First, the Management of the General Hospital Ikorodu must investigate this case of negligence. Because it involves a doctor, the case should be reported to the Nigerian Medical and Dental Council. It is exemplary that already the Lagos State Commissioner of Health, Professor Akin Abayomi has consoled Gucci and asked for her contact details and the exact date the incident happened, to enable him to conduct a proper investigation. This investigation must be conducted thoroughly, and the result made known to Gucci and her family. It must state clearly the ways Gucci can seek redress. This case has attracted social media attention. Therefore, the result of the investigation must also be made public so that other health workers would be deterred from abandoning their duty posts to the detriment of patients.

Second, introduce patient-centered care curricula in medical schools and other schools training health professionals. The current training of health workers in Nigeria does not profile the patient (client) as the most important member of the health system. This must change. Healthcare must meet Picker Institute's eight principles of patient-centered care developed by the Harvard Medical School. These are, respect for patient's preferences; coordination of care; information and education, physical comfort; emotional support; involvement of family and friends; continuity and transition; and access to care.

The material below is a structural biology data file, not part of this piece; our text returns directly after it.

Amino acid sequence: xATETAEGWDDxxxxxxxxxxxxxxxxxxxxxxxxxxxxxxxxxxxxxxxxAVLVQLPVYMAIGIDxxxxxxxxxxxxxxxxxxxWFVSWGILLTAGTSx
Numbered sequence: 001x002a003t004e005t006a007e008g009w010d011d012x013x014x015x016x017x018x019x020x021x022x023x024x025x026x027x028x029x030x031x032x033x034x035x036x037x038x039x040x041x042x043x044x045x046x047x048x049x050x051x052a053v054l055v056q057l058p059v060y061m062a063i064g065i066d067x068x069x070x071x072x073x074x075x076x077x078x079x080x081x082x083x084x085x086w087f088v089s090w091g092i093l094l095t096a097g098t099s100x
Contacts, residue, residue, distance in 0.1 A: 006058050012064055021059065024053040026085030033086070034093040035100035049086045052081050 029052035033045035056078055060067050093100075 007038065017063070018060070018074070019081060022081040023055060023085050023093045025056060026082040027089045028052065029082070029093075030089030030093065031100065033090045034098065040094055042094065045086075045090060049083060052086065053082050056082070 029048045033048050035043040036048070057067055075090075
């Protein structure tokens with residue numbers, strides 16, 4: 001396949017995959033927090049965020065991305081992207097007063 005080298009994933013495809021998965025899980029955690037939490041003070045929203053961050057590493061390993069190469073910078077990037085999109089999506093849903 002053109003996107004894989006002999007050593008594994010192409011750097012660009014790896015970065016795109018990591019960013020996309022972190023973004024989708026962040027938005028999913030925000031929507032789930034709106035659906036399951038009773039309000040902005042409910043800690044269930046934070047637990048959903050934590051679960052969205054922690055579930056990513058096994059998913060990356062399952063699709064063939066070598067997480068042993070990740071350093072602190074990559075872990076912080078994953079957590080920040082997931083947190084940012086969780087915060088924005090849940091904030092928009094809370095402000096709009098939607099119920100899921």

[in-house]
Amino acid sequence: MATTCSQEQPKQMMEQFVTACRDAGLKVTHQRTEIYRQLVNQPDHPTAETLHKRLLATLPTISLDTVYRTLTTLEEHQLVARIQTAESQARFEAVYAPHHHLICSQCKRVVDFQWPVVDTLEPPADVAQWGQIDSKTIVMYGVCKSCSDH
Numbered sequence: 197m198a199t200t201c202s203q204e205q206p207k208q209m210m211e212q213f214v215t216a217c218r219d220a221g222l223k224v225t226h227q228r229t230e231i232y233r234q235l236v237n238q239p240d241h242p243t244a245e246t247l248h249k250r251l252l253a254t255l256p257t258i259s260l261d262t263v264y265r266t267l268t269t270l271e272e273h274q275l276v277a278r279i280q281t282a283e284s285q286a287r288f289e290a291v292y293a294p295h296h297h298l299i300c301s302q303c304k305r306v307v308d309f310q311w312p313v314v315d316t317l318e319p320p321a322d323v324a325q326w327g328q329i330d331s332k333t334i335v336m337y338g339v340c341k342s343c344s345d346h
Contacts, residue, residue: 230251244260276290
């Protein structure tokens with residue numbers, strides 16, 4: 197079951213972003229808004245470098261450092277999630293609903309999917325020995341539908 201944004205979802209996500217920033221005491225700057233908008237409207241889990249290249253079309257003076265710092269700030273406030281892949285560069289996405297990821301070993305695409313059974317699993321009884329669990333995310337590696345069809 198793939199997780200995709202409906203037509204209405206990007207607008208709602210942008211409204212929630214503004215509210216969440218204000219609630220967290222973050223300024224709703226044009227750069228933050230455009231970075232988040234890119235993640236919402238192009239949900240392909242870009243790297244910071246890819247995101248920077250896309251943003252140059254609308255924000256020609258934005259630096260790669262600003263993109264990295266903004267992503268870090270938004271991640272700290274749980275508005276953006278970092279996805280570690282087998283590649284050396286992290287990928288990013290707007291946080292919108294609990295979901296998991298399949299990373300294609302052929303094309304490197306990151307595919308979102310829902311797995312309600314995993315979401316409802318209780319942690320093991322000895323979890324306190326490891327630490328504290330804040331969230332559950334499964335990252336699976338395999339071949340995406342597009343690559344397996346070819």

Third, governments, civil society organisations and legal aid associations must keep educating communities about their rights and how to seek redress when the need arises. In such forums, health workers should be present so that relationships between caregiver and clients are developed even before the need for healthcare.

Fourth, government must invest in recruiting more doctors and other health workers. A situation where one doctor is on-call is unacceptable and dangerous. However, doctors are leaving Nigeria in droves. A 2017 survey on emigration of Nigerian medical doctors by Nigeria Health Watch and NOI Polls identified reasons why Nigerian doctors choose greener pastures elsewhere. The reasons include, low work satisfaction; poor salaries and emoluments; poor treatment by government; poor quality of practice; poor working environment, insecurity etc.

Sadly, the death of Gucci's son was preventable and should not have happened. Let her son's case be the end of medical negligence in Nigeria. Gucci deserves justice.

Dr. Ifeanyi M. Nsofor, is a medical doctor, a graduate of the Liverpool School of Tropical Medicine, the CEO of EpiAFRIC and Director of Policy and Advocacy at Nigeria Health Watch . He is a  2019 Atlantic Fellow for Health Equity at George Washington University, a Senior New Voices Fellow at the Aspen Institute and a 2006 International Ford Fellow. You can follow him on Twitter @ekemma.